In the following section, I will introduce Reddit in more detailed. Subsequently, I will look at particular cases of Karmawhoring and examine usersʼ critique of such merely quantitatively-oriented contributions as well as attempts to counteract (alleged) Karmawhores. In doing so, I will discuss how the quantification of participation through Karma-points shapes and economises users’ interactions.

2. Reddit: ‘the front page of the internet’

Reddit was founded by Steve Huffman and Alexis Ohanian in June 2005. They sold their project to Condé Nast Publications in October 2006. With regards to how much Reddit was sold for, Ohanian said in an interview: ‘You can Google it, and you’ll find it was between $10 million and $20 million.’ (Lagorio-Chafkin 2012) In 2012, it was estimated to be worth controversial amounts somewhere in between 50 million and 700 million USD (see Greenfield 2012). Since June 2008, Reddit is an Open Source Project: most of the codes and libraries are freely accessible on Github under a Common Public Attribution License (see

What you first see when you go on is the so called ‘front page’ which contains topically-varied posts from diverse subreddits. The order of these contributions can be ranked by the criteria ‘hot, new, rising, controversial, top, saved’; the default view is set to ‘hot’. The aforementioned categories represent different algorithms that determine according to which selection criteria posts are being arranged.

User interactions on Reddit mainly start from initial posts.i Those may contain questions, statements, stories, recent news, external links, pictures, videos and so forth. Posts are classified as ‘self-posts’ which do not contain links to external websites, or ‘link-posts’. ‘Self-posts’ cannot receive Karma-points. Users can comment on both types of posts, or merely up-/downvote them. Their comments again can receive Karma-points. Users do not need to be registered in order to read posts, but an account is necessary to contribute actively. Registration does not necessarily require users to provide their email or any personal details. This facilitates the creation of fake accounts which are then used in order to upvote posts from another account by the same user. Many Redditors appear to have several accounts: such as a NSFW (not-safe-for-work/porn) and a more sanitised, office-friendly account. This relates to subscriptions of particular subreddits as well as Reddit’s bookmarking function.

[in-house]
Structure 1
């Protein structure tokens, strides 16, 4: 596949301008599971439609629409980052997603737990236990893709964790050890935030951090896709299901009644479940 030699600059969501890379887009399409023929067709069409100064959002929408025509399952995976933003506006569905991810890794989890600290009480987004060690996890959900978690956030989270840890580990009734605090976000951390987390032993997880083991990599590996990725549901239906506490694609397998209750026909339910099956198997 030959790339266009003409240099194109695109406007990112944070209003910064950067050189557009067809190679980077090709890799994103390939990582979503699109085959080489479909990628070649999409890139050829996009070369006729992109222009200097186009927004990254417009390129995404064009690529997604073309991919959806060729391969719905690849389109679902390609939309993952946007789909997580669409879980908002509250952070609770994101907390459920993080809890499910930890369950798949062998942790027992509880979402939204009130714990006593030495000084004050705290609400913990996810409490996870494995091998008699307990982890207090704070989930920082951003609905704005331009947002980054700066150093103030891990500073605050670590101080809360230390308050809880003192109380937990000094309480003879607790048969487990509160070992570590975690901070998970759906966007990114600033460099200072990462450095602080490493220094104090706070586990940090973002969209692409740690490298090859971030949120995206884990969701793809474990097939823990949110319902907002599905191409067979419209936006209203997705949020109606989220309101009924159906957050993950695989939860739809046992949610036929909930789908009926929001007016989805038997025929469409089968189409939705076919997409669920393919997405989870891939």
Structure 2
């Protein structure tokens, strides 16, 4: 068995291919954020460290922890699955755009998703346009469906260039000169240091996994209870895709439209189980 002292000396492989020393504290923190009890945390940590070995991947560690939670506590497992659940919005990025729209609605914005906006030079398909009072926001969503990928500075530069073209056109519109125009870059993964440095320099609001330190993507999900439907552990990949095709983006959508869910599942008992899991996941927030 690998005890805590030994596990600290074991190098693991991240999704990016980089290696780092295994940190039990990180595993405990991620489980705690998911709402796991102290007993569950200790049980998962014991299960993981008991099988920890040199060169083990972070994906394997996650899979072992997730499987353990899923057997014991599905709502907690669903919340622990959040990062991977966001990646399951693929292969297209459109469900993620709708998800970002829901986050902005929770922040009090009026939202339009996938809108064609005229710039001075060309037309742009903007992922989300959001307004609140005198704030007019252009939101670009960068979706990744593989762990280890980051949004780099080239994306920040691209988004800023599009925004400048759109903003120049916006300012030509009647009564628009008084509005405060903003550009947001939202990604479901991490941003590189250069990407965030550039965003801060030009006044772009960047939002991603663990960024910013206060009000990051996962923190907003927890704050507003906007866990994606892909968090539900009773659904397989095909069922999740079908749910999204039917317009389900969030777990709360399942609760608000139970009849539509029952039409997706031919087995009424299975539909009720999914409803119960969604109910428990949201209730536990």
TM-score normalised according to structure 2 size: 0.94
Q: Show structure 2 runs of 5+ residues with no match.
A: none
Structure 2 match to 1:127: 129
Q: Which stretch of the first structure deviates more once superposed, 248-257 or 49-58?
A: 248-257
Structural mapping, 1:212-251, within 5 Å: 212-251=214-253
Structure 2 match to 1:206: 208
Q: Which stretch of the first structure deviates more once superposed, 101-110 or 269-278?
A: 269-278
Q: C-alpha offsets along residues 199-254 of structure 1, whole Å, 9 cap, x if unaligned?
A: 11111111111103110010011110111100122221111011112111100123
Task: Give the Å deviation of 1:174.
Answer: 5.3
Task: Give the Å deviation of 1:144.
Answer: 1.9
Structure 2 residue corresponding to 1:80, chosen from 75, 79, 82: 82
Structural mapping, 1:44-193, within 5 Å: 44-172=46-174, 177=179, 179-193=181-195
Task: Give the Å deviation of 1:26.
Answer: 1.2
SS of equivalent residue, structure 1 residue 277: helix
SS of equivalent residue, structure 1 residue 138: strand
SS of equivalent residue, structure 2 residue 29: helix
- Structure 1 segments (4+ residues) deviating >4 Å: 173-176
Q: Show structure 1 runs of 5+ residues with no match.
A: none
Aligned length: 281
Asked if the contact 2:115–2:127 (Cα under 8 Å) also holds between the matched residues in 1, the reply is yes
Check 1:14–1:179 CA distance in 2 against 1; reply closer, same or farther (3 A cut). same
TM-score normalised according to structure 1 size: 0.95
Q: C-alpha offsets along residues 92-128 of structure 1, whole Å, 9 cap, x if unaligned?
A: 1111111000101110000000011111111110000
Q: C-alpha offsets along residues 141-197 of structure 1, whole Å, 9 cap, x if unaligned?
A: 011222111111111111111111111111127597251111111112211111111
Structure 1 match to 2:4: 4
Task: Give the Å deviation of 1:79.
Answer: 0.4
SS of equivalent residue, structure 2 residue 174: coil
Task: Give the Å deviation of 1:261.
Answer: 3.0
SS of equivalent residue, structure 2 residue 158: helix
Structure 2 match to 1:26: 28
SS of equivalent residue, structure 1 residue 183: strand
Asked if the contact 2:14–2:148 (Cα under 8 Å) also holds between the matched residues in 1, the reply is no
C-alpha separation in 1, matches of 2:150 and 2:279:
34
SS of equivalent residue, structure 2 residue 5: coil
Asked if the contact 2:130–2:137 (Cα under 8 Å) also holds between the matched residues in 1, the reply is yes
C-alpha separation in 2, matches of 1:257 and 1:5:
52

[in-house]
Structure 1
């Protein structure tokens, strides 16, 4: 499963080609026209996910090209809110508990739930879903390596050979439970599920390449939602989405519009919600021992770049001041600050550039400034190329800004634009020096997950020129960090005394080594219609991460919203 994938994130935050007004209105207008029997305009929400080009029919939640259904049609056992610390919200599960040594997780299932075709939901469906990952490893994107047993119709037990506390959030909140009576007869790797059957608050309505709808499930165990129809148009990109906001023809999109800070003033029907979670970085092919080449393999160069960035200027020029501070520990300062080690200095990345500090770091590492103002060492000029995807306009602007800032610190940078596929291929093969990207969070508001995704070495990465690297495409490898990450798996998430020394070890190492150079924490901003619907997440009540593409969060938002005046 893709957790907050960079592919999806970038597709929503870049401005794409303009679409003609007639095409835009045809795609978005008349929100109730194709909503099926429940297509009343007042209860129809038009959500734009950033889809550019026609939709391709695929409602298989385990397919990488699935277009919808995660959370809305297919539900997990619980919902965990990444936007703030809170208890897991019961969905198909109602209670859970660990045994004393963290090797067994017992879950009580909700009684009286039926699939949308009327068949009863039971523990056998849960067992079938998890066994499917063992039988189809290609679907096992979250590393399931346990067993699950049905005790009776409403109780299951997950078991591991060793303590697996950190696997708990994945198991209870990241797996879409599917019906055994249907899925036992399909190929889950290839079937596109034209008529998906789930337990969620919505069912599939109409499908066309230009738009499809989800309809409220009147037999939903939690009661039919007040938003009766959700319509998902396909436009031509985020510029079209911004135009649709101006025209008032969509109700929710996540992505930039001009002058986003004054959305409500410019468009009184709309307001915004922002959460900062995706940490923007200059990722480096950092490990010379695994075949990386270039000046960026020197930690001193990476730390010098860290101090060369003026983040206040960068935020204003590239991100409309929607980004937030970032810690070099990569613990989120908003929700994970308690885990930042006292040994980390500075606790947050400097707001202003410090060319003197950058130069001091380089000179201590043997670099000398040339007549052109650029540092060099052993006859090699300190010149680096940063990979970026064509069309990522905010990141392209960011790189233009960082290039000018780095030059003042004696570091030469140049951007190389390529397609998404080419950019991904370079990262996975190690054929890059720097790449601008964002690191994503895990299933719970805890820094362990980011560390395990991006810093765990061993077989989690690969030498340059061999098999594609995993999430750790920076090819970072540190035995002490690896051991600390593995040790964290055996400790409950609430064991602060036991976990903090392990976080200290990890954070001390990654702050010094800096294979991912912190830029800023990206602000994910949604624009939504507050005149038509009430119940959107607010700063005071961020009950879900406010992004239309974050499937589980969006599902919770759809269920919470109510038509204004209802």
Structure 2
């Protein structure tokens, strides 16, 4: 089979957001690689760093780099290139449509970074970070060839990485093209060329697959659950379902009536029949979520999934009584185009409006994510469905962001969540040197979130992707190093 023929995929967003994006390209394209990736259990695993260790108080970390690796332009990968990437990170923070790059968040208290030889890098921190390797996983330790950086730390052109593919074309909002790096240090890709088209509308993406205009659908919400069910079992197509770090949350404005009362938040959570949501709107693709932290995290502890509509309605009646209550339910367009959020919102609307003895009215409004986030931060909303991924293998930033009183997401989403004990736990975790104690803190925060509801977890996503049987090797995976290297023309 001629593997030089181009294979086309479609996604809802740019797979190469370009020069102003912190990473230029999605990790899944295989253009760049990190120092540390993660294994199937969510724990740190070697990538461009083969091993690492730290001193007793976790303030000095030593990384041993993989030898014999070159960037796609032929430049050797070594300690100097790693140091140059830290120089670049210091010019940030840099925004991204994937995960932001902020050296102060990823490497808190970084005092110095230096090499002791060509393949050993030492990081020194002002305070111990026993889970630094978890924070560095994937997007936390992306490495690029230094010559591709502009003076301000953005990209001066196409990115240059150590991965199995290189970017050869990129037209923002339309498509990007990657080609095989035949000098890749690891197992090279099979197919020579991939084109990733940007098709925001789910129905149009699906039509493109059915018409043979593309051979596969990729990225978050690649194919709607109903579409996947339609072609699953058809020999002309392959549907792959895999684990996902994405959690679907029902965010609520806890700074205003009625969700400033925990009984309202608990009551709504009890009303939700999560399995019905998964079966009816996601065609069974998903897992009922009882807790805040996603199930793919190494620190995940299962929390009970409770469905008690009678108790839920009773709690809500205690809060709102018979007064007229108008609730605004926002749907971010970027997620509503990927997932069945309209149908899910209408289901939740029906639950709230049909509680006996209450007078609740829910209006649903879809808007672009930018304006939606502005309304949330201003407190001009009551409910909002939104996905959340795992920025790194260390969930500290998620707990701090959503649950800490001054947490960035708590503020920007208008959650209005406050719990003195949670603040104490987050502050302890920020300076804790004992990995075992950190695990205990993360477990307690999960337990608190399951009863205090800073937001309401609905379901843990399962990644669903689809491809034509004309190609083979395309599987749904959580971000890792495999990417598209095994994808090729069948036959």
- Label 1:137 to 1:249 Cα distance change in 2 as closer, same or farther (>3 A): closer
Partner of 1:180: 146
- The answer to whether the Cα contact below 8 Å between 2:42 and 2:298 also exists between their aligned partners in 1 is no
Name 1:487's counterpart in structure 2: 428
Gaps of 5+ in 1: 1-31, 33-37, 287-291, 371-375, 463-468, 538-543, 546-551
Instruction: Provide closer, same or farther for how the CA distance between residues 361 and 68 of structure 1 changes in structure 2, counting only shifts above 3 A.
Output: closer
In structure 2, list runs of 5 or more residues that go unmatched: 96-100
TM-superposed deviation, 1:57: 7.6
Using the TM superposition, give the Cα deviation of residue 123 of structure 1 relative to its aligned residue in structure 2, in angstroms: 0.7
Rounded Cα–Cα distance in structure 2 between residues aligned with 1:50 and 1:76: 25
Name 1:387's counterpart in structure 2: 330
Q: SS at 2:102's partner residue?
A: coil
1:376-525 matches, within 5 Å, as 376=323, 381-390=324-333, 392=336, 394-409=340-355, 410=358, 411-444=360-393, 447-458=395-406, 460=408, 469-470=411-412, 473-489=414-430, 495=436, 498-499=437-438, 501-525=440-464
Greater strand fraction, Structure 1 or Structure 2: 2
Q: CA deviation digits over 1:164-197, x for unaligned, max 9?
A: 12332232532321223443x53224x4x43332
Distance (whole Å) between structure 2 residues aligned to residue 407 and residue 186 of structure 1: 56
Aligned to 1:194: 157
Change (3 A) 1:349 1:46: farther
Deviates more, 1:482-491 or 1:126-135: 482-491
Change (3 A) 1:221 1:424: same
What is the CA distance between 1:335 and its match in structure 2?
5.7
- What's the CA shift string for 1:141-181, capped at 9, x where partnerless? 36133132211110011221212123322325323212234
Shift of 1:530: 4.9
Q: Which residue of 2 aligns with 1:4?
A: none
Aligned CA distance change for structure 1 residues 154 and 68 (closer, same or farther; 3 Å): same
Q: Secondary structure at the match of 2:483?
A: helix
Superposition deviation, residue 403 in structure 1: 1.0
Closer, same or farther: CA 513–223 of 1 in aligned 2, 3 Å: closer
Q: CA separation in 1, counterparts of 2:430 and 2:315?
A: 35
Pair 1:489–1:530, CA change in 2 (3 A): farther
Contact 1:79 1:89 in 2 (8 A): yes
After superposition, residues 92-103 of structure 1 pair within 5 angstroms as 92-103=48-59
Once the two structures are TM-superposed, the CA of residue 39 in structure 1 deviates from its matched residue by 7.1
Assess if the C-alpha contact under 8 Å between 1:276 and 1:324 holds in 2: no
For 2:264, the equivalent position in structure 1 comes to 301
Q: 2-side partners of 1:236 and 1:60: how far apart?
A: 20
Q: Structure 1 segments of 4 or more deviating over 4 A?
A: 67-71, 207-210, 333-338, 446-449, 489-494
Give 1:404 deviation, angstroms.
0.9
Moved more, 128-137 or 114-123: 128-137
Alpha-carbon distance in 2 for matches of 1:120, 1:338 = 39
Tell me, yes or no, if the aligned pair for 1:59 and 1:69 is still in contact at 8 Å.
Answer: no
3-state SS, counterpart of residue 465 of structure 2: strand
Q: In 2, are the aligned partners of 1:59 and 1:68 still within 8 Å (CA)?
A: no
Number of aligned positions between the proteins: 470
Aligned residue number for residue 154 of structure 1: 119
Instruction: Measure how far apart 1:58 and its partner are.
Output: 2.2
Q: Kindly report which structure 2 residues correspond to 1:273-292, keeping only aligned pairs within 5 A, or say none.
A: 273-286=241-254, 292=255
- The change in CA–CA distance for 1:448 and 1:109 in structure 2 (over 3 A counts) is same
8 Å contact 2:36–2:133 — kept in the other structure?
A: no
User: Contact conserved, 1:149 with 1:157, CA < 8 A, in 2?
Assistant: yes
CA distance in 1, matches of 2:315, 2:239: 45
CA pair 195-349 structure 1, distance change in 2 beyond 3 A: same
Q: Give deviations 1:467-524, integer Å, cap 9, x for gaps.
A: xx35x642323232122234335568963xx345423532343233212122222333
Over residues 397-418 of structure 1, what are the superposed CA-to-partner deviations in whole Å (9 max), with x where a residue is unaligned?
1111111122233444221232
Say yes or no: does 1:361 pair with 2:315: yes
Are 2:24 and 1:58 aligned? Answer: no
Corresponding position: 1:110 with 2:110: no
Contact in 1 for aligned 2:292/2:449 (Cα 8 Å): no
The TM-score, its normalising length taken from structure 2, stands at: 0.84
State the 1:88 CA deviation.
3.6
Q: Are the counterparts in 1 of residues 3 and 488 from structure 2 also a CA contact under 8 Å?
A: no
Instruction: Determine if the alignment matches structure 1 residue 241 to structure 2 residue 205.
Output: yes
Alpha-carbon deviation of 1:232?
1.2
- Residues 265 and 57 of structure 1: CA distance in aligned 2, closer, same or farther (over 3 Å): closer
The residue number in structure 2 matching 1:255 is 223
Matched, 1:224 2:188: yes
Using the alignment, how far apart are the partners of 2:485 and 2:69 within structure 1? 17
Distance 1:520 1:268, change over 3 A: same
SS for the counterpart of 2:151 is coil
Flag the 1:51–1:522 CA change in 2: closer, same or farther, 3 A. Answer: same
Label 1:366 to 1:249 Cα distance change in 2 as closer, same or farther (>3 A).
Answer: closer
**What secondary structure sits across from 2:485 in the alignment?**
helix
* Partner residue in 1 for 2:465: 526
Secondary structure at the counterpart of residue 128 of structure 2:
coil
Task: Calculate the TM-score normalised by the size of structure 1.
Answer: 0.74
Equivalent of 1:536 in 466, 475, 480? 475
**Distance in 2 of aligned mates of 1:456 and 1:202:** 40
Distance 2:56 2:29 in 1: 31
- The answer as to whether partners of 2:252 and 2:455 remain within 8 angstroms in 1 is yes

Users can create subreddits dedicated to issues of their choice. Originally, Reddit’s front page used to be a subreddit itself, but nowadays acts as part of the website’s gratification system since only highly rated or controversial posts will appear there. ‘Making it to the front page’ is therefore also an incentive for posting content that has a potential to gain a lot of upvotes (ranked: top) or results in controversial assessments (ranked: controversial). The algorithms which are responsible for ranking these contributions take into account the relations between up- and downvotes a post has received so far, the amount of comments as well as the time passed by since the content has been posted (see Yeo 2012 for a more detailed description). Besides achieving up- and downvotes for a contribution which leads to the achievement of Karma, users can also gain virtual awards (see These trophies are placed as thumbnails on the respective user page (Figure 2).

Figure 2

Figure 2: Screenshot excerpt of Anomander’s user page, available at: Anomander, accessed on 7 January 2014

Currently there are 339,585 subreddits (January 2014, see The most accessed thread so far was a so called ‘AMA’ (Ask-Me-Anything): a question and answer session given by U.S. President Barack Obama in August 2012 (see It received 5,598,171 page views which is more than double than the second most accessed thread on Reddit in 2012. Subreddits which new users are by default opted into are ‘technology’, ‘music’, ‘gaming’, ‘funny’, ‘worldnews’, ‘science’ and ‘politics’. It is common to use browser add-ons such as the ‘Reddit Enhancement Suite’ which allows for additional features and individual customisation.